10. Sir – On Tuesday I objected to my effective exclusion from the SCC by the easing of QC difficulty, and petitioned for one of Mr Izetti’s compilations to redress this.
    Imagine my delight when I saw his name at the top of today’s grid! Envisage my chagrin when I finished in my fastest time this week, the SCC a speck in the distance. Oh woe!
    Yours dejectedly, …
    P.S. Fortunately the SCC now does deliveries.
    P.P.S. I’ll be back, SCC, soon.

  11. Yep, easier than most, but somehow I ended up with EWA and TRANSPARANCY, due to a fat finger, maybe caused by using an unfamiliar keyboard. Again, one of those which wouldn’t happen with a pen, so I’ll let it slide.

    I liked GET THE PICTURE.


  12. 16:49 – fastest ever Izetti and only my 3rd solve of one his QCs since March! I’ve commented on his recent grids that he seems to have eased up – today clearly supporting that assertion.

    My biggest complaint over the bad times was the inclusion of 4-5NHOs and he’s got away from that. I thought the religious service was going to be one as I put assIENT in first, but once transparency came clear(!), I rethought and have certainly heard of MATINS even as a non church goer. Not sure I’ve heard of SAPIENT but I know a sapiophile is someone attracted by intelligence so same etymology I guess.

    There were some nice clues in EWE and BEES but while I “got the picture” quickly the other three long ones were pretty much last in. Both TRANSPARENCY and ONE-UPMANSHIP needing the pen&paper. Never realised the latter was about unfair advantage. Every day’s a school day with Izetti. I don’t mind learning something like that. Dare I say, it was verging on enjoyable 😃

    1. I agree with the idea we should always be open to learning, L-P, but “Every day’s a school day” which has appeared in TfTT comments a few times lately rather disconcerts me. I need Saturdays and Sundays off to wallow in my ignorance!

      1. It’s a good point, well made. You can have Saturdays and Sundays off as long as you go use the time to go run hills. So maybe it’s a PE lesson instead!

        Great time by you CO – one of your best?

        1. Yes, could well be a PB, but didn’t want to offend the gods by drawing too much attention to myself!

          1. Congratulations 🔥. You did a great job of not drawing attention to yourself, I skipped straight past it on my first read of the blog in my eagerness to spew my own excitement. As reward for a fantastic time you can have this Sunday off from the hills!

            1. Great, I will promise to make a decent bash at some local hillocks Saturday in return for being allowed to put my feet up Sunday!

    2. I also toyed with assIENT for a while.
      Well done, L-P!
      P.S. Greetings from Christchurch, again.

      1. Well done on your 50th Mr Random 👍 I see calling someone a sap as indicating them to be a weakling, so was comfortable seeing that as a variant of being a fool.

  13. Pleased to have completed an Izetti! FOI IAGO, unsure about the parsing but it was corroborated by 2OI GIBE; COD GET THE PICTURE; LOI PURE (NHO River URE but it had to be). Thank you, Don – and Roly for a parsing or two (NHO SAP = fool).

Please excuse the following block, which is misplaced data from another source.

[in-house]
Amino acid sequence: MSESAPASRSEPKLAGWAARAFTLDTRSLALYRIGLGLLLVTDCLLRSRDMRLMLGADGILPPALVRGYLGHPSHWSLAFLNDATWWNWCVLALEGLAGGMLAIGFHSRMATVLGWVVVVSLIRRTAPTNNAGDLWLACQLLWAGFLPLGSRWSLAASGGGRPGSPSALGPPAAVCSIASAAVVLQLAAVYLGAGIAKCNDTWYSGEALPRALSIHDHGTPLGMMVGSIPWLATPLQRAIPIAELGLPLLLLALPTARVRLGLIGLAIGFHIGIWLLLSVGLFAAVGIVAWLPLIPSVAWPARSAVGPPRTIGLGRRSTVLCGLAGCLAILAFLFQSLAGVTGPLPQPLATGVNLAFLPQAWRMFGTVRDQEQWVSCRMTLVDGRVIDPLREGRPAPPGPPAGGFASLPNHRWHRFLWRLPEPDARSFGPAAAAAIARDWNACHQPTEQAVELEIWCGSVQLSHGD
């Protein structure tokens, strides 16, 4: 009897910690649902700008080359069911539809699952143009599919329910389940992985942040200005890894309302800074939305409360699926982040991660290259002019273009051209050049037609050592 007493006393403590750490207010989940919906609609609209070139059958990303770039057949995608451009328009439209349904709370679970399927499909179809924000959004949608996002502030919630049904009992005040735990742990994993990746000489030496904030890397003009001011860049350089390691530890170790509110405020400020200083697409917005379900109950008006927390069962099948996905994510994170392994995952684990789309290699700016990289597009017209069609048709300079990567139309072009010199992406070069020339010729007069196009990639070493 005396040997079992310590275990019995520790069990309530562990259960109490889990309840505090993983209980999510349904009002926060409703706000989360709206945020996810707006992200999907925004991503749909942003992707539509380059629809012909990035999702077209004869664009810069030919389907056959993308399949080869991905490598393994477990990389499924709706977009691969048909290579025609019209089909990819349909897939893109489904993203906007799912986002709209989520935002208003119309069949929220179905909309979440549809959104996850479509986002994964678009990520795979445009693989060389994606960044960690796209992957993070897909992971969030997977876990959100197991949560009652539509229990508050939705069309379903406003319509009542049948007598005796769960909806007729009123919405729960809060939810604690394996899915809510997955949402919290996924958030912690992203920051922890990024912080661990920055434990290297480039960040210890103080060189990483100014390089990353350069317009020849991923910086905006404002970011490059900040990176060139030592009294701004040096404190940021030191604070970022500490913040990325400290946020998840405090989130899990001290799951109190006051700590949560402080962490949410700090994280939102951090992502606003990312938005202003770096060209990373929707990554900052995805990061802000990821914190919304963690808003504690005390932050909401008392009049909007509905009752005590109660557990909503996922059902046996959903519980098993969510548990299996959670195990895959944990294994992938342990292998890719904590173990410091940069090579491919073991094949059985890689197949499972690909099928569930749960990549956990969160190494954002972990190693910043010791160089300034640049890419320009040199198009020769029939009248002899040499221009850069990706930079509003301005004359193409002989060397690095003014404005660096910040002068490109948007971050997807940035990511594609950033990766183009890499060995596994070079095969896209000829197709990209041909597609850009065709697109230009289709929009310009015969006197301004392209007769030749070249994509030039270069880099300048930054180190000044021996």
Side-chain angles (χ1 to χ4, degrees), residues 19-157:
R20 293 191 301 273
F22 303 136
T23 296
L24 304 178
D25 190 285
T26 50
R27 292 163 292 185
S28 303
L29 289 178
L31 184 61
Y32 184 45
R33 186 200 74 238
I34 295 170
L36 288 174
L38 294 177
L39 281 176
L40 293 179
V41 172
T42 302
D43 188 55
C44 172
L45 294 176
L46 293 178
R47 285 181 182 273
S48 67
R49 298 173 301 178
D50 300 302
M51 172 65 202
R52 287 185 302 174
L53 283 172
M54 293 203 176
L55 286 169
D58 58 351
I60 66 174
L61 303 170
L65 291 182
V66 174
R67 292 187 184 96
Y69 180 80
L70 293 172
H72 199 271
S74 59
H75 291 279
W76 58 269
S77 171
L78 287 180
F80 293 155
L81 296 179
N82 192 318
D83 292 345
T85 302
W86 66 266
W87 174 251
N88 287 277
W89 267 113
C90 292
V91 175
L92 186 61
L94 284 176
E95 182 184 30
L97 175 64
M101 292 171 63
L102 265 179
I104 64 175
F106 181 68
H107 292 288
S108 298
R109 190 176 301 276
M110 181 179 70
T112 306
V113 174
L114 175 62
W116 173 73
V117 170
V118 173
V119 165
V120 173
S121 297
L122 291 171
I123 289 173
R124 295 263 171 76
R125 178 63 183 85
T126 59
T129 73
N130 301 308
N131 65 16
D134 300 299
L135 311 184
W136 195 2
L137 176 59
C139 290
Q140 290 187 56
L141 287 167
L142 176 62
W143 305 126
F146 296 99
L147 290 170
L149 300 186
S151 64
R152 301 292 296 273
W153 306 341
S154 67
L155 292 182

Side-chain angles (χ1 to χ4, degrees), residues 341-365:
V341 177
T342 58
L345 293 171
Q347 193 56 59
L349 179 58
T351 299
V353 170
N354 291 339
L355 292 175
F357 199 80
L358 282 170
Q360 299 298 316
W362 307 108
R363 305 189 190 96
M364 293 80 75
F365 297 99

I don’t think anyone has yet really defended the meaning of ONE-UPMANSHIP = “gaining advantage unfairly”; that’s not how I’ve always understood the word. Comments?

    1. I guess one could argue that by definition an advantage is unfair so ONE-UPMANSHIP works for me. Particularly since is has the sense of guile and cunning in it.

    2. “I don’t think anyone has yet really defended the meaning of ONE-UPMANSHIP”

      ^^^^ Just in the post above you … hidden away towards the end of the meanderings. (Edit: on rereading your words, I wasn’t defending it, complaining about it)

      I’ve always taken it to be a form of boastfulness … “we’ve bought a more expensive car than the neighbours to show we’re better”. In that example, I wouldn’t inherently see it as unfair – just choosing how to spend your money

    3. Potter defined it as the art of getting one up on another person by putting him one down. Gamesmanship, for instance, a form of oneupsmanship, was the art of beating someone when you’re not as good a player as he is.

      1. Thank you, Kevin – I’m sure you must be right, and the way I had become used to using it had probably moved away from its original meaning, so is doubtless wrong.

  14. Two straight passes, and a more-than-usually accessible offering from Izetti.

    TIME 3:26

  15. I think Izetti was being kind to us but I really messed up what should have been a quick solve having mislaid my anagram hat. As a consequence TUNELESS, TRANSPARENCY and ONE-UPMANSHIP required multiple visits. 8:47

  16. 6:42 (642 Arabs begin construction of the Mosque of Amr at Cairo)

    Frustrating as I can’t call this a PB since I mistyped my LOI SHEPHERD. But it felt pretty straightforward, only hold up was the second word of CABINET. Also was careful with GET vs GOT THE PICTURE.


  17. Very enjoyable puzzle and a personal record for me of 28.52 😀

    Thanks Izetti and rolytoly.

  18. I’ve never seen “up” as an anagram indicator and so LOI TUNELESS added a couple of minutes to what would have been a fast time. I just couldn’t make sense of it. Wudda shudda cudda. Hey ho, I’ll settle for 07:01, which today is 1.7K and a Reasonable Day.

    COD to SHEPHERD. Many thanks Izetti and roly.


  19. 14:33 (England re-issue penal laws against the Welsh)

    A fast start, then held up by the long anagrams, 4d, 7d and 13d, all of which required pen and paper to sort.

    Thanks Don and Roly

  20. 11:20 for me, and lots to enjoy. TUNELESS LOI, no real hold-ups, nice to see TT my avatar referenced above. I have to give my COD to CABINET MAKERS. Thanks both.

  21. Very odd. I was down to 9ac before before being happy enough to answer a clue (Gibe/Jibe seemed doubtful), and so thought this was going to be tricky. At which point they all started falling into place, with just Cabinet Makers and loi Transparency causing delays along the way. A comfortable sub-20, with CoD to 3d, Matins, for the smooth surface. Invariant

  22. OMFG!
    24/24 in 19:31…on an Izetti.
    It’s the first Izetti I’ve ever actually enjoyed, and completed outside SCC. More like this, please.
    He must have listened, or maybe he’s having a brief attack of reasonableness.

    1. I’m always wary on days like today. Tomorrow has a habit of catching me off guard.

  23. Gosh, yes, an easy one. FOI IAGO, LOI TRANSPARENCY.
    Liked GET THE PICTURE, SAPIENT, MATISSE, among others.
    Thanks vm, Roly.